Recent announcements and policy actions by the Obama administration represent a step in the right direction toward boosting trade opportunities for Michigan products in Cuba, the Agricultural Leaders of Michigan announced Wednesday.
“Normalized trade relations with Cuba would be a very positive step forward for Michigan’s agriculture industry,” says Jim Byrum, president of the Michigan Agri-Business Association. “Expanding trade with Cuba presents new opportunity to grow Michigan’s agriculture sector and create jobs in rural Michigan.
Under current sanctions, U.S. food and agriculture companies can legally export to Cuba. However, financing restrictions limit the U.S. industry to competitively serve the market, says Byrum, noting Canada, Brazil, the European Union, and Argentina are increasingly taking market share away from the U.S.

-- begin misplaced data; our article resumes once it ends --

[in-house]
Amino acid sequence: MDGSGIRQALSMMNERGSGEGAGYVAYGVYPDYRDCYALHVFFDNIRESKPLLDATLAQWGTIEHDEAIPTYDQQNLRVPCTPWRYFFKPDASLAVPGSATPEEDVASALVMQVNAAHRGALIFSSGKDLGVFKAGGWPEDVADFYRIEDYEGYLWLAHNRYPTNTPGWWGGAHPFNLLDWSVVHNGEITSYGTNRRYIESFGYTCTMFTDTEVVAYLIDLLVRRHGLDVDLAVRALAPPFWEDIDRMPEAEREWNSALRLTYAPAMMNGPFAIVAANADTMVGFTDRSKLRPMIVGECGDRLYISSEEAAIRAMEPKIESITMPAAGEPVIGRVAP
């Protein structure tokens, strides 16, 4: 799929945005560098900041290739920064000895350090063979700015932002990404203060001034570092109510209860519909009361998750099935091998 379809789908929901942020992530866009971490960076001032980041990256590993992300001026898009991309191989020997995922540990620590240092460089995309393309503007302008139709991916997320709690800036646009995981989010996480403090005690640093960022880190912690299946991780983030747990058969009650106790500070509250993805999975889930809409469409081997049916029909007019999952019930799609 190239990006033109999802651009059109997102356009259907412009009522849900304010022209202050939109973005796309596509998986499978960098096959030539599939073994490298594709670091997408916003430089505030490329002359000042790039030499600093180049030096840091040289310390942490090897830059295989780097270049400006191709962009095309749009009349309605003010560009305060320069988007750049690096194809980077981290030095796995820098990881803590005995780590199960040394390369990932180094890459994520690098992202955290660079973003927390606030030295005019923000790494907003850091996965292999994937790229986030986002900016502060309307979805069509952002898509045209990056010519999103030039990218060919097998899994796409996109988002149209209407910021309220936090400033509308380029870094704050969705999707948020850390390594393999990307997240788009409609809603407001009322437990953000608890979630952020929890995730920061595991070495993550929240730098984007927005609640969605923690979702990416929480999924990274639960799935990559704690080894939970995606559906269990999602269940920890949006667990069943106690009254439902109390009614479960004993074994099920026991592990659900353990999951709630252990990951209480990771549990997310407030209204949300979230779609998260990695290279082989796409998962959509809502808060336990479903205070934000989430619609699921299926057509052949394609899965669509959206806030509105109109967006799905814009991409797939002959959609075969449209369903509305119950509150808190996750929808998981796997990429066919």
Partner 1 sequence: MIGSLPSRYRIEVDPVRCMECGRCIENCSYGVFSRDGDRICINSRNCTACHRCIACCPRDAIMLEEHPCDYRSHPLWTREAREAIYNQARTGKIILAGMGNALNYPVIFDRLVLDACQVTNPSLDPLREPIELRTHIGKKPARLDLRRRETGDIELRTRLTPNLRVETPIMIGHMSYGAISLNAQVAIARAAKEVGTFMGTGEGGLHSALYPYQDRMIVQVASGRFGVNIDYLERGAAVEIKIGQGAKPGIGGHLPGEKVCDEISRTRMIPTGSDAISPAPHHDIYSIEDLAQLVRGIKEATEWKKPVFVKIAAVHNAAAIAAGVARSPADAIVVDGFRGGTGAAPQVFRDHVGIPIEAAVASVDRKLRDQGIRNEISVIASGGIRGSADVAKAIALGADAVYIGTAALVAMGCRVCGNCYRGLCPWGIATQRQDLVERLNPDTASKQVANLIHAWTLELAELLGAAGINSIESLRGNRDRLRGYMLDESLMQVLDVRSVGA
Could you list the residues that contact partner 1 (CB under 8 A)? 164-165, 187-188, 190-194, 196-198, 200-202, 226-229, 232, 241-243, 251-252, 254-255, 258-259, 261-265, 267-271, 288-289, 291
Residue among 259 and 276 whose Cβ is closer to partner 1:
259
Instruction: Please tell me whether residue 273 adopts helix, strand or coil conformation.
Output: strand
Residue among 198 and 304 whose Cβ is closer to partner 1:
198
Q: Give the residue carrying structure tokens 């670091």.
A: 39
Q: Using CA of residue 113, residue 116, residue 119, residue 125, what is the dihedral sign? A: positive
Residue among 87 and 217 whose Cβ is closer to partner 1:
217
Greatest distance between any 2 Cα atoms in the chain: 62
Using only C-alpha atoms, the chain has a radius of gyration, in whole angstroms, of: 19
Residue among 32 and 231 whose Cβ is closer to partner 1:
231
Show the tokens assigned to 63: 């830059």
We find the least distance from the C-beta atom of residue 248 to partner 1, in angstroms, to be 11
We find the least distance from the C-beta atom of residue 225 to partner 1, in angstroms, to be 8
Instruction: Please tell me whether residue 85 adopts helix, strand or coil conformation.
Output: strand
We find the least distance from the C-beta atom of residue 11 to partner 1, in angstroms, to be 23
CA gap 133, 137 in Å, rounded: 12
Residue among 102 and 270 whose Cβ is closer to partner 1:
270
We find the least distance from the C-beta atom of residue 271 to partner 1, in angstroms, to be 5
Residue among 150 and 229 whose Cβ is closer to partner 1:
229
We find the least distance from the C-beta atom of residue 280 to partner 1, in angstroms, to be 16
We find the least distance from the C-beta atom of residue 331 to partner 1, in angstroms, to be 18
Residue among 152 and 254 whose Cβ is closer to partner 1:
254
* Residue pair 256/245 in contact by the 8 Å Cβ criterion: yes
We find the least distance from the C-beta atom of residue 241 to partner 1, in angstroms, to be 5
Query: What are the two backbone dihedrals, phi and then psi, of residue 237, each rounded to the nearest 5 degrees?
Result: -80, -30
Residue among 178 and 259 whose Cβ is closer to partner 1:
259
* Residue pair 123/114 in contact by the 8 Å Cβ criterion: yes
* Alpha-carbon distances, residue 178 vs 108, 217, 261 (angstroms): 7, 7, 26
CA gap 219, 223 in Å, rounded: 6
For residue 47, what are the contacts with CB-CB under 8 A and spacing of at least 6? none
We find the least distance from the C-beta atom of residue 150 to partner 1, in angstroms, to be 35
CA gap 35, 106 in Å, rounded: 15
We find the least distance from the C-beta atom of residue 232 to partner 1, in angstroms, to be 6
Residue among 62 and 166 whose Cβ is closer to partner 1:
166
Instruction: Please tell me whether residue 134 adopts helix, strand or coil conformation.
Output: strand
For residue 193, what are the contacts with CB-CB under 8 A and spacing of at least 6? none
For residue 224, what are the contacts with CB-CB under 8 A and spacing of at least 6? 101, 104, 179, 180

Last Friday, the U.S. Department of Treasury enacted a number of policy changes, including allowing U.S. banks to open accounts and process credit/debit transactions in Cuba.
If the countries were to fully normalize trade relations, Michigan could export multiple crops and commodities to Cuba, home to 11 million potential consumers, says Dave Armstrong, CEO of GreenStone Farm Credit Services in East Lansing.
“We’re supportive of efforts by the administration and leaders in Congress to rethink policy toward Cuba and work toward normalized trade relations,” Armstrong says. “This would represent an important opportunity for Michigan agriculture, and one that we’re confident producers and agri-businesses are ready to meet.”
In 2012, the state exported $3.2 billion worth of products, up nearly 70 percent from the early 2000s, according to data from the USDA Economic Research Service.